Brought to you by Nuclear Education Online (NEO)                    Volume 2, No. 2      March 2004

APhA Annual Meeting Activities
Fifteen hours of nuclear pharmacy continuing education credit available at the APhA Meeting in Seattle plus many networking opportunities, including the NEO Luncheon, March 26 - 30, 2004.  For a list of selected activities click here.
NANP Meeting:  State-of-the-Art and Beyond
The National Association of Nuclear Pharmacies will hold a panel discussion and industry forum on several cutting-edge legislative and regulatory issues that impact the practice and operations of nuclear pharmacies on March 28th during the APhA Meeting.  For more information about the meeting and the topics that will be addressed click here.
Next Generation Stress Agent:  Binodenoson
Phase 3 trials were initiated in December 2003 for a new pharmacologic stress agent, Binodenoson, specific to the only adenosine receptor necessary for increased cardiac blood flow, the A2A receptor. This specificity allows Binodenoson to deliver - in a single injection - a more effective dose of medication with fewer side effects. 
Medicare Solicits Public Input on FDG for Alzheimer's
The Centers for Medicare and Medicaid Services (CMS) has updated the National Coverage Analysis tracking sheet for PET(FDG) and Other Neuroimaging Devices for Suspected Dementia. In this update, CMS is requesting input from the public regarding questions they have developed after reviewing the National Coverage Determination request for the use of PET in the diagnosis of Alzheimer’s Disease and the Alzheimer’s Association position statement on PET.  Responses are to be sent to Samantha Richardson at by March 31, 2004
Medical Dictionary Available Online
Not sure what genual or nystagmus mean?  Check out the online Merriam Webster Medical Dictionary.  For a traditional dictionary or thesaurus at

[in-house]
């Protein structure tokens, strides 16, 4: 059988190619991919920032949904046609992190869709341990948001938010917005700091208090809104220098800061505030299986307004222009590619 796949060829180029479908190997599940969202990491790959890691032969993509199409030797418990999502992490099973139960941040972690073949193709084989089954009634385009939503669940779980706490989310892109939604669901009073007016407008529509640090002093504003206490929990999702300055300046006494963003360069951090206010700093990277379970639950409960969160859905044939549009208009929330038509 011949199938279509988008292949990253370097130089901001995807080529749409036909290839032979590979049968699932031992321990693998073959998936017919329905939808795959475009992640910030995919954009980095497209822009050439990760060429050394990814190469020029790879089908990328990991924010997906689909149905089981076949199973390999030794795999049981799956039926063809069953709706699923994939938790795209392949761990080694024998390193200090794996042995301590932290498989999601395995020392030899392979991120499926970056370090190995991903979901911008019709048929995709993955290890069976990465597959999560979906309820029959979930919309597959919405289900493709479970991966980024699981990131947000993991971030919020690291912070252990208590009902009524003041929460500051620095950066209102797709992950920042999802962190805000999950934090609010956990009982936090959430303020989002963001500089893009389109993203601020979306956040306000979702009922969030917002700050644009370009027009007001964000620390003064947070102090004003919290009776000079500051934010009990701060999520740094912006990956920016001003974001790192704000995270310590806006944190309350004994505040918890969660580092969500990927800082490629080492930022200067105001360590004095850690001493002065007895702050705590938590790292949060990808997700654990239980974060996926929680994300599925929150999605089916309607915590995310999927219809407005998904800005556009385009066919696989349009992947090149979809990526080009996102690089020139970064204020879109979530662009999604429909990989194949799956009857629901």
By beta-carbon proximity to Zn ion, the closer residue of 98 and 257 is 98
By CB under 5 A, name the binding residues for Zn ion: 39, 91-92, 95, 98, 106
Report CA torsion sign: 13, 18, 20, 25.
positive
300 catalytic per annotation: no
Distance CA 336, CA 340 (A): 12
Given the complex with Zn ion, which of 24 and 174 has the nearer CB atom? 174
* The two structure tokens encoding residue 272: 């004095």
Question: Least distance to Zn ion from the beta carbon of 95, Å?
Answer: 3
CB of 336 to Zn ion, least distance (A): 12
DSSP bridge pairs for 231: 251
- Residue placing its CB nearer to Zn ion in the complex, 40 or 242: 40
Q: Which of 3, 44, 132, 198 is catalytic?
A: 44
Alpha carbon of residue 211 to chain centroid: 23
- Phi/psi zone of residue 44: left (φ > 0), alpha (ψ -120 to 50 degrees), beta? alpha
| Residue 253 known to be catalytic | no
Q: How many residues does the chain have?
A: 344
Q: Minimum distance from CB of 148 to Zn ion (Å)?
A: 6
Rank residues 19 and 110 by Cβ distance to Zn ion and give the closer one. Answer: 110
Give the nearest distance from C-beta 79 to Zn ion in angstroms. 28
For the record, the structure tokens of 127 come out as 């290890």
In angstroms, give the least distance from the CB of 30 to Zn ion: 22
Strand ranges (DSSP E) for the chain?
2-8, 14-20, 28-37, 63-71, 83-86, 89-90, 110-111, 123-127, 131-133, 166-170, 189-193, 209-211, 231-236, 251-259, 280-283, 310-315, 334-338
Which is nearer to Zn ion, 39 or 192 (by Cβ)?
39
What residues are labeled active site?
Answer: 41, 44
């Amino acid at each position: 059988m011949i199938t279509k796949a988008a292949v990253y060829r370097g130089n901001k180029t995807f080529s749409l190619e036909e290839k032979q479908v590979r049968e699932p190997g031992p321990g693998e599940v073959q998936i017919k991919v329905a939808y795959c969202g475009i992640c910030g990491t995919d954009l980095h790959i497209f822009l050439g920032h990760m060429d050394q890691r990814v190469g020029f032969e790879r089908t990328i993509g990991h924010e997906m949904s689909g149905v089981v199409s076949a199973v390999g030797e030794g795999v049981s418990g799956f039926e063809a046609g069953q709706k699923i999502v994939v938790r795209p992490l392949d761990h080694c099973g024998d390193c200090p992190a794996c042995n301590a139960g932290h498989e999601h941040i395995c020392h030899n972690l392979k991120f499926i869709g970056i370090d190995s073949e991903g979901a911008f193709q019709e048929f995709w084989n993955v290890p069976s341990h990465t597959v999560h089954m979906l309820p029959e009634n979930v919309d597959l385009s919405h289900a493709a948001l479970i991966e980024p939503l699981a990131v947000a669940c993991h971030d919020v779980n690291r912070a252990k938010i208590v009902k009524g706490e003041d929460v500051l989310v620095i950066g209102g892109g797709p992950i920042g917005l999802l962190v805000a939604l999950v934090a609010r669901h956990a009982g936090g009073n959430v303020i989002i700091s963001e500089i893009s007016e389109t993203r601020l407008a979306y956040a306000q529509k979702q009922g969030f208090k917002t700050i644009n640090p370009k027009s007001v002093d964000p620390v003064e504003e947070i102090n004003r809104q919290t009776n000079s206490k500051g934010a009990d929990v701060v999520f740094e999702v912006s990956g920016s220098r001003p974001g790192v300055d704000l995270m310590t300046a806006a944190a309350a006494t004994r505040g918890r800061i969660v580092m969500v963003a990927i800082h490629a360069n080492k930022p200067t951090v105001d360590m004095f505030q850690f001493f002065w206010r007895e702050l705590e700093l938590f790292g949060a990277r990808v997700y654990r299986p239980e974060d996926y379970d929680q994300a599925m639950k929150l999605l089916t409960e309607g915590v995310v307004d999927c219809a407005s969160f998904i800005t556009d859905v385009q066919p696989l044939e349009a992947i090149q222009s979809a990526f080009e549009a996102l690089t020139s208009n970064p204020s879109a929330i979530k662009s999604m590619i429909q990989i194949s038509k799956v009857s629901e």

Comments or Suggestions?  Let us know your thoughts about the newsletter.

March 26-28 Greater New York Chapter SNMT, Tarrytown, NY
March 26-30
APhA Annual Meeting in Seattle, WA
NEO Luncheon on Saturday!
April 2-4 Southwest Chapter SNM, Austin, TX
April 16-18 Mid-Eastern Chapter SNM, Richmond, VA
April 25 Deadline for APhA Section Officer Application
June 19-23 SNM 51st Annual Meeting, Philadelphia, PA
Sept. 4-9 FIP Annual Meeting, New Orleans, LA
Sept. 4-8 European Nuclear Medicine Meeting, Helsinki, Finland
© 2004 Nuclear Education Online
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"Radioactive Red" Fiestaware -the ingredient in the glaze that makes it turn red (actually orange) upon firing is uranium oxide, which is radioactive.  The color was discontinued in 1943 not because of the radioactivity, but because the government banned the use of uranium oxide during that time for any other purpose than its own Manhattan Project (the development of the atomic bomb!).

Acidic foods like vinegar and tomato sauce tend to leach out and absorb uranium from the glaze, but in 1981 the U.S. Food and Drug Administration said that the radioactivity levels of the plates was low enough not to be a health hazard. That's well enough, but it was later determined in 1994 that the red pieces were also leaking radon gas through cracks in the glaze at levels that are seven times higher than is considered safe. So it's probably best to stay away from those red plates, but only those made before 1972. After that they started using other ingredients to create that vibrant red.

A 44-year-old man came in for evaluation of right upper quadrant pain. He has had numerous episodes of this. His workup included an ultrasound which confirmed chronic cholecystitis with no cholelithiasis. He was referred to nuclear medicine for further evaluation.   Continued....

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